Mistakes in Planning an Event

Mistakes in Planning an Event

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Planning a big event can be an intimidating task because there’s so much that has to be done. You could find yourself on the brink of a panic attack upon realizing how much work it takes, but freaking out isn’t the best way to approach the matter. Unfortunately, you probably don’t know how to react differently because you have no idea where to start in the first place. Admit it, your planning skills suck, and here’s why.

You don’t have a plan

Event planning is appropriately named because it requires actual planning! That means pulling out the old drawing board to brainstorm and sketch out ideas. There are so many different aspects of event planning, so you’ll need to make sure that you cover all of the details before you take action. It’s a good idea to create a checklist of things to be done so that you can simply cross off a task as soon as it’s been completed. Keeping a checklist will help you to stay organized and focused throughout the lengthy planning process.

You don’t set a budget

Setting a budget is an essential part of the event planning process because you need to know how much money you have to work with. Planning takes both time and money, and without the latter, your ideas will never become reality. Since funds are obviously limited, you need to set a cap on spending. Determine a maximum number that you absolutely cannot exceed, and figure out how to divide the available funds towards advertising, decorations, renting out a space, food and beverages, etc.

You don’t advertise the event properly

You can plan the most amazing event ever, but your event would still be unsuccessful if nobody showed up. To give your event exposure, you need to make advertising a priority. While paper ads are still an effective means of showing off your event, the Internet is where it’s at today. There are many ways to make your event known online including sending out mass promotional emails or posting on company social media pages. You should also try to maintain a dedicated website for your company or event so that the public has easy access to important event information.

You don’t appeal to the target market

Even if you put your efforts into advertising, you can still fail to attract the ideal crowd of customers. To understand who your target market consists of and how to grab their attention, you’ll need to do plenty of market research. Your style of advertising may only appeal to certain crowds that aren’t really interested in your product or service, so you’ll need to tweak your ads until they reach out to those who really do dig what you have to offer.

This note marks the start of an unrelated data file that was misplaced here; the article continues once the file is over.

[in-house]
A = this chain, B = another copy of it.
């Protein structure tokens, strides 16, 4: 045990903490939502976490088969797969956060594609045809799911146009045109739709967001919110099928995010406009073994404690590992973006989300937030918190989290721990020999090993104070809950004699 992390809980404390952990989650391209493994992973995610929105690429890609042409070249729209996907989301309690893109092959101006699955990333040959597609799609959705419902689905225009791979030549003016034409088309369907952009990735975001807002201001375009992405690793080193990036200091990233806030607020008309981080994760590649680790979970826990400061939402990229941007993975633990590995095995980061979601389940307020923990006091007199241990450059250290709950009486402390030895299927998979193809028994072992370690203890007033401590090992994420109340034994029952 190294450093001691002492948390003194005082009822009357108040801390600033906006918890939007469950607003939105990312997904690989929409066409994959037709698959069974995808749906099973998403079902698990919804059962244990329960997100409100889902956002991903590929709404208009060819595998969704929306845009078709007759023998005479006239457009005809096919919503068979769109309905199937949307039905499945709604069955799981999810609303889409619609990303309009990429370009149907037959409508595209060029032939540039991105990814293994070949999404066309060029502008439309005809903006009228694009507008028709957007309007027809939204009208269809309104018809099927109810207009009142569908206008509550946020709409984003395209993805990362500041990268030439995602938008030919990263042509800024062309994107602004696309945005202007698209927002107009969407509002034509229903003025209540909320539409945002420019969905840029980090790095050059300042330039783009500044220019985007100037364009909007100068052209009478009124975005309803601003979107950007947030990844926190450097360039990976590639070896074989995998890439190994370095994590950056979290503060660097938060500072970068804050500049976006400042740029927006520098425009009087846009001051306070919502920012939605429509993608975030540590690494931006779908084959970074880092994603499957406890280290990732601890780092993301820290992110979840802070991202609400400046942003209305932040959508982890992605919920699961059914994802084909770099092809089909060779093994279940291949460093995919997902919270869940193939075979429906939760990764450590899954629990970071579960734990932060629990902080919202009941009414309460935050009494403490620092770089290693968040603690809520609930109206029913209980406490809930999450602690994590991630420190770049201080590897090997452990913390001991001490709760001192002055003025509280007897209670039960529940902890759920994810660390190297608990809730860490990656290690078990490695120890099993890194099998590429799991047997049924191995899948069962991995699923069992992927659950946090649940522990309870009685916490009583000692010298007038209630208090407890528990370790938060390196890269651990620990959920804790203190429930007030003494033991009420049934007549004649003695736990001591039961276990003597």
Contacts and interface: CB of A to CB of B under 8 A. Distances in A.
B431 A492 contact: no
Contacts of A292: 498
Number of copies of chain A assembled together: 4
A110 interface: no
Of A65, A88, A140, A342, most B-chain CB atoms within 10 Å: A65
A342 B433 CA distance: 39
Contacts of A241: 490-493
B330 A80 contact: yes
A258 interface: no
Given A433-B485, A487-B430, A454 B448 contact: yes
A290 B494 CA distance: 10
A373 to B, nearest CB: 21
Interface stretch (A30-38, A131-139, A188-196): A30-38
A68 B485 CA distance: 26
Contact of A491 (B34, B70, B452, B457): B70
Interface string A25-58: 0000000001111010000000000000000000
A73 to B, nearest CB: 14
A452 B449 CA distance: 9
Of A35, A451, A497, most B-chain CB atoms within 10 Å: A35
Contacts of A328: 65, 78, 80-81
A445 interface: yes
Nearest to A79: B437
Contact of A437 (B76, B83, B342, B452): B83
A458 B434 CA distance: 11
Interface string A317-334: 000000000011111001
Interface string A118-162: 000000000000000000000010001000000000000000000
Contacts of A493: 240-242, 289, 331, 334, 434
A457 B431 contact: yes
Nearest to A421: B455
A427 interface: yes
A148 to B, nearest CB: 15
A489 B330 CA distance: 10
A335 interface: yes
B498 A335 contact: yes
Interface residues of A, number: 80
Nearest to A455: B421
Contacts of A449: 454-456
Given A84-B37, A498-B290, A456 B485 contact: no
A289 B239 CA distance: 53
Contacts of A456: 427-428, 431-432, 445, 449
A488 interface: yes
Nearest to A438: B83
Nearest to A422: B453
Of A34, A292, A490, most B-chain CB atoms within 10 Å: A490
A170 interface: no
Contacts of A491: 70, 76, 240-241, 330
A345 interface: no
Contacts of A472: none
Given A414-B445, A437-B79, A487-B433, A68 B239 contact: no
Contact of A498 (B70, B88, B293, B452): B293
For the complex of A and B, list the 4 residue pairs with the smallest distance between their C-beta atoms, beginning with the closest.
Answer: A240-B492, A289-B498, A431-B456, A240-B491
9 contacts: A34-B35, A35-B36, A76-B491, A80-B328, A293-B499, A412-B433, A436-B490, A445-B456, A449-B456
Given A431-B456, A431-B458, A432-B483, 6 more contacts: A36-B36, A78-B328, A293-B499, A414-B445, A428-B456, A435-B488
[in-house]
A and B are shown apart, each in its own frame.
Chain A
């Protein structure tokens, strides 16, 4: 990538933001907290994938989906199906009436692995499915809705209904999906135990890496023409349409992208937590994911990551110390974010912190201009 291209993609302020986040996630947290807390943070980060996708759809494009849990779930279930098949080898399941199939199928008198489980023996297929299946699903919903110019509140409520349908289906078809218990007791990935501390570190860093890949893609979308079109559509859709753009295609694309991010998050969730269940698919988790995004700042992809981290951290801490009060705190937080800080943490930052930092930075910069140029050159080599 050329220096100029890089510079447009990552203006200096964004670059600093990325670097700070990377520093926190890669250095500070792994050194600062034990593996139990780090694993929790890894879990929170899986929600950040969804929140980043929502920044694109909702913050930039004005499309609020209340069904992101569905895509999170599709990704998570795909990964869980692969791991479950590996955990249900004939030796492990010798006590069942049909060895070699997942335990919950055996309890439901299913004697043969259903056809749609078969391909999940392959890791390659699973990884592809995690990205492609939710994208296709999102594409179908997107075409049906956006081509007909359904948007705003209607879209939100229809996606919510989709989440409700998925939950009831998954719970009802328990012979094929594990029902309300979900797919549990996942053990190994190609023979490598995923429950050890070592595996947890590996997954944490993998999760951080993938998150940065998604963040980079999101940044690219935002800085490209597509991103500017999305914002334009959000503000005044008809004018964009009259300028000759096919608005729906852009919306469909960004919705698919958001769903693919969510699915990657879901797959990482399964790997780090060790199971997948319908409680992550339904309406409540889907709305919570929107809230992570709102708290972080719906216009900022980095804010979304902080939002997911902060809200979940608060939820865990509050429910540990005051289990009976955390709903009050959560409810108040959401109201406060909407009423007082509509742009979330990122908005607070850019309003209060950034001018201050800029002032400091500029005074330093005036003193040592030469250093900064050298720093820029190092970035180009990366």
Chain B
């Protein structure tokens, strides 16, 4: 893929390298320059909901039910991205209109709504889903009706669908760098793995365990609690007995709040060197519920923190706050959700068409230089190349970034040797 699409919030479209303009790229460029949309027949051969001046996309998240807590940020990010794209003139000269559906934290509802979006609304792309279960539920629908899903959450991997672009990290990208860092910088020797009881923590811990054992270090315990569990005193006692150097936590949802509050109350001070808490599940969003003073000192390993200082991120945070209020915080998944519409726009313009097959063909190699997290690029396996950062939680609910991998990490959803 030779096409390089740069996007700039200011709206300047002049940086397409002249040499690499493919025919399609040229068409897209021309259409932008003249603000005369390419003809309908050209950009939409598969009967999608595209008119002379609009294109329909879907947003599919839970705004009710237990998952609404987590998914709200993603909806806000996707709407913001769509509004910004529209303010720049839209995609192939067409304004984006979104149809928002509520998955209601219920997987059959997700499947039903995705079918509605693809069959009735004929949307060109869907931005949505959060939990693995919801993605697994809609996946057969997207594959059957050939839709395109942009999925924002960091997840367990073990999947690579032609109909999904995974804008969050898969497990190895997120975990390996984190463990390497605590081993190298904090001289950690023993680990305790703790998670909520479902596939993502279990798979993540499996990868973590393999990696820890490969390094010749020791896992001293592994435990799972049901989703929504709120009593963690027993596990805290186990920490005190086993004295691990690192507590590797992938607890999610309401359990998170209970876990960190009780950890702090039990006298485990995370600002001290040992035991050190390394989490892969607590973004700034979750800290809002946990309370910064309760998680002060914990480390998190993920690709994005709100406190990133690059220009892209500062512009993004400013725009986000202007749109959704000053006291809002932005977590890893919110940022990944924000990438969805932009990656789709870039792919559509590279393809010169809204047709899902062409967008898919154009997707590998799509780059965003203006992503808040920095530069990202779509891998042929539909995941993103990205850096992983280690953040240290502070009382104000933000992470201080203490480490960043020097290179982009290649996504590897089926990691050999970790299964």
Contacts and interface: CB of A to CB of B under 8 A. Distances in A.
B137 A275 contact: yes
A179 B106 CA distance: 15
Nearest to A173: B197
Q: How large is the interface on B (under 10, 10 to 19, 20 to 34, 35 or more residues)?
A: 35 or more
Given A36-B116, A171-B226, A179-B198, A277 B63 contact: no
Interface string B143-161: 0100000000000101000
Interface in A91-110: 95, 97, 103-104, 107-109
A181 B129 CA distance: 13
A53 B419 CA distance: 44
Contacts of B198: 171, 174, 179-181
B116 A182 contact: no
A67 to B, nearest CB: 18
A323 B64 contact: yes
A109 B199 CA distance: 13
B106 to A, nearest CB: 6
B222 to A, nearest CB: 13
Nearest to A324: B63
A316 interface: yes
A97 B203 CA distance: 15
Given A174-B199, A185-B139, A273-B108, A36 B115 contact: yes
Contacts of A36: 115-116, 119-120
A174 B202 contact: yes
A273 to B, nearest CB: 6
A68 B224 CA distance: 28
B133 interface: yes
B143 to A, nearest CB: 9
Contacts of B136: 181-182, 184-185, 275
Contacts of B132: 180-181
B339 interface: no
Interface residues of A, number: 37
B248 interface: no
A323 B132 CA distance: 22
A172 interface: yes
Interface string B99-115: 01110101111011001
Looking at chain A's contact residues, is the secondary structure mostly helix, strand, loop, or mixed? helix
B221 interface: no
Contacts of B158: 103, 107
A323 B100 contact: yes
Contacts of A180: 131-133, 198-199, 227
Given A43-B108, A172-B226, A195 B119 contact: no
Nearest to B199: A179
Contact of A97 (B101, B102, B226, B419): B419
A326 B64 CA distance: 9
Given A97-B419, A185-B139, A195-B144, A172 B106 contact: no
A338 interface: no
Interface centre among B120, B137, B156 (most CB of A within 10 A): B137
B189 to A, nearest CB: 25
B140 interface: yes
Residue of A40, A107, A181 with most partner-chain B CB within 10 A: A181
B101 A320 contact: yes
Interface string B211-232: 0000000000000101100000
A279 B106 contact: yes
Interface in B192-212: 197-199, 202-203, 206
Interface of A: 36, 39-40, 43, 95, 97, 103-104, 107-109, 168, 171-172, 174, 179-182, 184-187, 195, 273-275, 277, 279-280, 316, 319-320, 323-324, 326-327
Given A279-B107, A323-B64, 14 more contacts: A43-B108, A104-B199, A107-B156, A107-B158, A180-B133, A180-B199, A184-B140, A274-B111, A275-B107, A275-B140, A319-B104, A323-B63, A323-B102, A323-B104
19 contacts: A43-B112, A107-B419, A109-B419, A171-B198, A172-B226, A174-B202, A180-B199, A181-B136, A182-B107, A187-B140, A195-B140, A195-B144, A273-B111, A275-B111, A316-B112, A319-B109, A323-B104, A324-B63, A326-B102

You don’t have freebies to give away

When people attend your event, they want to get something out of it–something aside from valuable information or a nice conversation. That’s right. People want to leave your event with tangible goods in their hands, so plan on handing out promotional knick-knacks if you want to keep the masses entertained. Not only will free gifts give potential customers an incentive to return to your events, they’ll also serve as advertisements for your business if company logos are stamped on the merchandise.

You don’t have the manpower to execute the event successfully

Seasoned event planners know that a plan means nothing at all if it can’t be executed on game day due to a lack of manpower. To set up a venue, you’ll need a sufficient amount of workers to get the job done. Make sure that you contact all your helpers ahead of time to let them know where and when they need to show up.

You don’t train your helpers

Even if you have the manpower to run the show, things won’t go smoothly if nobody knows what they’re supposed to do. If you don’t inform your workers of their individual duties ahead of time, they’ll be confused on the day that they’re supposed to shine. While you might not know exactly how each helper is to contribute until the day of the event, you should still brief them on their general responsibilities beforehand.

You don’t do a promotional follow-up

Say that your event went exactly as planned. What happens after it’s over? Well, you might have yourself some new customers, but you probably won’t have as many as you’d like. To keep people intrigued, do some follow-up advertising by sending out mail, emails, or post a digital flyer or video on your website. People are quick to forget after an event has come and gone, so stay relevant by persisting with the ads. You might even decide to ship out another free gift as bait.

As you can see, your event planning skills probably suck because you aren’t taking every element into consideration. You might be taking the wrong approach to planning, or you could be overlooking certain aspects. No matter what it is you’ve been doing wrong, you now know how to plan the right way.

About the Author
This post was written by the team at CCB Рcrowd control barriers and pedestrian barricades to festival and event companies Australia wide.
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